• Supplemental oxygen
  • Plan for self-management of dehydration and volume overload; may include adjusting medications
  • Bring copy of recent EKG
  • Bring pacemaker or AICD card
  • DVT precautions
  • Influenza
  • Pneumococcal
  • Hepatitis B
  • Have sublingual nitroglycerine available in carry-on bag
  • Mefloquine not recommended for people with cardiac conduction abnormalities, particularly for those with ventricular arrhythmias
  • Self-monitoring and management of INR should be tailored to the individual patient by the anticoagulant primary provider
Pulmonary diseases
  • Severe, labile asthma
  • Recent hospitalization for acute respiratory illness
  • Bullous lung disease
  • Active lower respiratory infection
  • Pneumothorax within 2–3 weeks
  • Pleural effusion within 14 days
  • High supplemental oxygen requirements at baseline
  • Major chest surgery within 10–14 days
  • Supplemental oxygen
  • Discuss with airline need for other equipment on plane (such as nebulizer)
  • Plan for self-management of exacerbations (including COPD, asthma)
  • DVT precautions
  • Influenza
  • Pneumococcal
  • Hepatitis B
  • Consider carrying a short course of antibiotics and steroids for exacerbations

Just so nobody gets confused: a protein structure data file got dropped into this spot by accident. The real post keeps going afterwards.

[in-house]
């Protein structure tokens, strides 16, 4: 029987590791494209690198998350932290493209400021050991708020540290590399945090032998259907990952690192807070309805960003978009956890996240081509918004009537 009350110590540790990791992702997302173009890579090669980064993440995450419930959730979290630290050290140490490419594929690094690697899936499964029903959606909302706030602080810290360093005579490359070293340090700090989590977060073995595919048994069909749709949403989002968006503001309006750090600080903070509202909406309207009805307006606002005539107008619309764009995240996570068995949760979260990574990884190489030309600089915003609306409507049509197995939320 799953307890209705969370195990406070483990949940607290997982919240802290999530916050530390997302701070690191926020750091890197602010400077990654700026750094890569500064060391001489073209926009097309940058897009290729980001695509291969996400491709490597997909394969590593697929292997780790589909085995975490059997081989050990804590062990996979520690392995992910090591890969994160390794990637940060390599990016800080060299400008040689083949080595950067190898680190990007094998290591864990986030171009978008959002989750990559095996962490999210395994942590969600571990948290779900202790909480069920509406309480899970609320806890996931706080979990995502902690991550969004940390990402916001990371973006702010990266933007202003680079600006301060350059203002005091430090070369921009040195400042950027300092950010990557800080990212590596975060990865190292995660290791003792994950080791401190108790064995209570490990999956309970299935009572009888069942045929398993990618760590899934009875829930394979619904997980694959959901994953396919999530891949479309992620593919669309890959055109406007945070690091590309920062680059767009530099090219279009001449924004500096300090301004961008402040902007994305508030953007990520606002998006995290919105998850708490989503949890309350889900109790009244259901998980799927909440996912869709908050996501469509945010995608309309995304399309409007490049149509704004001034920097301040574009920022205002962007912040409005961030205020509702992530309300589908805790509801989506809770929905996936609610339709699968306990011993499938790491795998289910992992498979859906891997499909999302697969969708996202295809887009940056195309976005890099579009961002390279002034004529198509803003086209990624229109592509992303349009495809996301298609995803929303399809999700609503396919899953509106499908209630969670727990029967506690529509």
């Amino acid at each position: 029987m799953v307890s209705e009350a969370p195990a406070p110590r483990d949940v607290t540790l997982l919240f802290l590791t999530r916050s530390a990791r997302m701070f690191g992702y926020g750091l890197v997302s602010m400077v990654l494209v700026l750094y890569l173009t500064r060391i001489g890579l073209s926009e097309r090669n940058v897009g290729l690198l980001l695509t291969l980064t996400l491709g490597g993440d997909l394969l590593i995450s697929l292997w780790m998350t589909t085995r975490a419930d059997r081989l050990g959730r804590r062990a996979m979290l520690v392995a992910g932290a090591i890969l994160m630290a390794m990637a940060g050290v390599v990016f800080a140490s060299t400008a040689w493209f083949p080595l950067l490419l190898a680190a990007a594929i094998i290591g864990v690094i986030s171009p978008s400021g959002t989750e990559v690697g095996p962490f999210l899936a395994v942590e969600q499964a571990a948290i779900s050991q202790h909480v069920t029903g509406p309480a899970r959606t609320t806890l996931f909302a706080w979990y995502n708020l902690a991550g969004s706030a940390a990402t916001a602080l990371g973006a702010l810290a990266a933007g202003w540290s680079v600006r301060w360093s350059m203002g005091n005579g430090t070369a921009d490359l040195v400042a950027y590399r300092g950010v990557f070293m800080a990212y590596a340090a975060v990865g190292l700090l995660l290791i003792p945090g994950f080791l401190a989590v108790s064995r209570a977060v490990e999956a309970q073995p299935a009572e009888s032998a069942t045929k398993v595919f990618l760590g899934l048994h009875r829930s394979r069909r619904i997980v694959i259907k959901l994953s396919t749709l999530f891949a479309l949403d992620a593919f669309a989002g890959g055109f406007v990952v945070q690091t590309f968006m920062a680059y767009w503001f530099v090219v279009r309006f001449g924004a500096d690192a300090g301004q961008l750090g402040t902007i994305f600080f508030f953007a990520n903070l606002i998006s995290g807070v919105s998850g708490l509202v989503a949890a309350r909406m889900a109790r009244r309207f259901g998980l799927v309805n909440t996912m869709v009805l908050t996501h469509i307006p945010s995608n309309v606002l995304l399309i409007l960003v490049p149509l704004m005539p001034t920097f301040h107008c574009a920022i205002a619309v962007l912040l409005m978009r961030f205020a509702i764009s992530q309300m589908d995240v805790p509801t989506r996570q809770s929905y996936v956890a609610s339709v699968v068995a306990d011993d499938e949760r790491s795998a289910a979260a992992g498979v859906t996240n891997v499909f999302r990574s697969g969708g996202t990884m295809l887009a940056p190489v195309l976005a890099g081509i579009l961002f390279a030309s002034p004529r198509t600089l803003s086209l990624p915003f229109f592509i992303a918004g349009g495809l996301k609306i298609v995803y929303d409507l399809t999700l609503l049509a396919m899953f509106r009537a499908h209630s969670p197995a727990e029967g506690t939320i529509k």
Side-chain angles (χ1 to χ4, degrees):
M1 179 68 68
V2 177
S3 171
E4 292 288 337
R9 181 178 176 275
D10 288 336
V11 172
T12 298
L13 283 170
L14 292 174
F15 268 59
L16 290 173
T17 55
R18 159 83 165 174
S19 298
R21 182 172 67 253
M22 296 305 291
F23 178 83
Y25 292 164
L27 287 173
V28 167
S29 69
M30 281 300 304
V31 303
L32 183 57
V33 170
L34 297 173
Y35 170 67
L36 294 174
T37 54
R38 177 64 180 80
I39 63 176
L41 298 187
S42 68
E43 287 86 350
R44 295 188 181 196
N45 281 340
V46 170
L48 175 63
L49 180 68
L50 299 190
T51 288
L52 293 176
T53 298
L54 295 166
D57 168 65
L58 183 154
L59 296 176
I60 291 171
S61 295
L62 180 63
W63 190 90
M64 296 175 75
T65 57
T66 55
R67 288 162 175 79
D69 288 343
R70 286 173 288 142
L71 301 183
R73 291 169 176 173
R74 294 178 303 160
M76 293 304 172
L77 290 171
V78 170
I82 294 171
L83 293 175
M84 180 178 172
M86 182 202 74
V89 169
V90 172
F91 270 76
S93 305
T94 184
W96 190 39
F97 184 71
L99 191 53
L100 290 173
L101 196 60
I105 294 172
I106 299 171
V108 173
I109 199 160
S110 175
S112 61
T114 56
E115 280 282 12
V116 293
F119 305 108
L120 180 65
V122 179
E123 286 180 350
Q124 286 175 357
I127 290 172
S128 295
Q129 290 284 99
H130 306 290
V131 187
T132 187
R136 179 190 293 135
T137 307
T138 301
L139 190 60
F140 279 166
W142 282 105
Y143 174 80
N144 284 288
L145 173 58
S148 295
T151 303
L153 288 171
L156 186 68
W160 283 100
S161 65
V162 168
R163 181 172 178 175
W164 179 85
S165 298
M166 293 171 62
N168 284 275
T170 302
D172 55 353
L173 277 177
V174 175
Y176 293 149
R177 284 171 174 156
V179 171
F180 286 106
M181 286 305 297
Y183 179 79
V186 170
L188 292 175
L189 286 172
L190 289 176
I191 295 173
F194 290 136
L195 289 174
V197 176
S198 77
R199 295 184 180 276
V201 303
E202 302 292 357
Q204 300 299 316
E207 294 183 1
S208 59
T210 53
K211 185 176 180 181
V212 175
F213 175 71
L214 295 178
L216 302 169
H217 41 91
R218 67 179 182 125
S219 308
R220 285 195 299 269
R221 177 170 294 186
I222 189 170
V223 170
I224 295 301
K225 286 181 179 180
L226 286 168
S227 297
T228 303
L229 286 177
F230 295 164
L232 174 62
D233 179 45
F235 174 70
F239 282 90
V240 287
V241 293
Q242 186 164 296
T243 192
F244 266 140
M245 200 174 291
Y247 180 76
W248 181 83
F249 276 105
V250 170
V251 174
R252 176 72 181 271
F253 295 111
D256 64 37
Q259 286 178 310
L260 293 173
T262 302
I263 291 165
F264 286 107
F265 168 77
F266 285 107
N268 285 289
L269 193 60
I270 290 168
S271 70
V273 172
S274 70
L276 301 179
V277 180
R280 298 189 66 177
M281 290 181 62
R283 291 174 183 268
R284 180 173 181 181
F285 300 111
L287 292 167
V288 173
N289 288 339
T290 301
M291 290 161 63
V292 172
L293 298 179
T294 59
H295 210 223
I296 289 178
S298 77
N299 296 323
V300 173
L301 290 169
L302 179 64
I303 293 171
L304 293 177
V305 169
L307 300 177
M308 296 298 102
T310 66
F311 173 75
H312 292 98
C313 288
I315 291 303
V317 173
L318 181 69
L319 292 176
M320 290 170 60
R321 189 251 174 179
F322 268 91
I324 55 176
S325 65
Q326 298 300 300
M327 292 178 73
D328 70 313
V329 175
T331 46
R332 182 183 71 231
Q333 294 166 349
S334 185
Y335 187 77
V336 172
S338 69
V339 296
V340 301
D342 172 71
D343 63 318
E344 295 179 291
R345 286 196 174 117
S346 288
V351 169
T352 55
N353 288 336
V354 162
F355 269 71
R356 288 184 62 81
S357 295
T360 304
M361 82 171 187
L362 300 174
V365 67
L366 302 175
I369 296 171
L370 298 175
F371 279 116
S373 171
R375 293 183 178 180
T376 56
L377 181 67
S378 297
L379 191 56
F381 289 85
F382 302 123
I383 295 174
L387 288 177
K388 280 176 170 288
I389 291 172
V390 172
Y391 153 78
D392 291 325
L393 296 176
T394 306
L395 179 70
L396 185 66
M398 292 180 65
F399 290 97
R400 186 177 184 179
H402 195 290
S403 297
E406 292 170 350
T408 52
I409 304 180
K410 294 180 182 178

• Consider advising an inhaler be available in carry-on bag, even if not routinely used
Gastrointestinal diseases
  • Surgery, including laparoscopic, within 10–14 days
  • Gastrointestinal bleed within 24 hours
  • Colonoscopy within 24 hours
  • Partial bowel obstruction
  • Liver failure (especially cirrhosis or heavy alcohol use)
  • Emphasize food and water precautions
  • Consider prescribing prophylactic antibiotic for TD
  • Recommend avoiding undercooked seafood, if cirrhosis or heavy alcohol use (Vibrio vulnificus )
  • Influenza
  • Pneumococcal
  • Hepatitis A
  • Hepatitis B
  • May experience increased colostomy output during air travel
  • H2 blockers and PPIs increase susceptibility to TD
  • Use mefloquine with caution in any chronic liver disease
  • For YF vaccine, see the Immunocompromised Travelers section later in this chapter
Renal failure and chronic renal insufficiencyNone
  • Emphasize food and water precautions
  • Plan for self-management of dehydration, which can worsen renal function
  • Arrange dialysis abroad, if needed
  • Adjust medications for CrCl
  • Influenza
  • Pneumococcal
  • Hepatitis B
  • Know HIV, hepatitis C, and hepatitis B status
  • Atovaquone-proguanil contraindicated when CrCl <30 mL/min
  • AAKP and Global Dialysis websites can help with finding dialysis centers; check for accreditation
  • For YF vaccine, see the Immunocompromised Travelers section later in this chapter
Diabetes mellitusNone
  • Plan for self-management of dehydration, diabetic foot, and pressure sores
  • Insulin adjustments
  • Should check FSBG at 4- to 6-hour intervals during air travel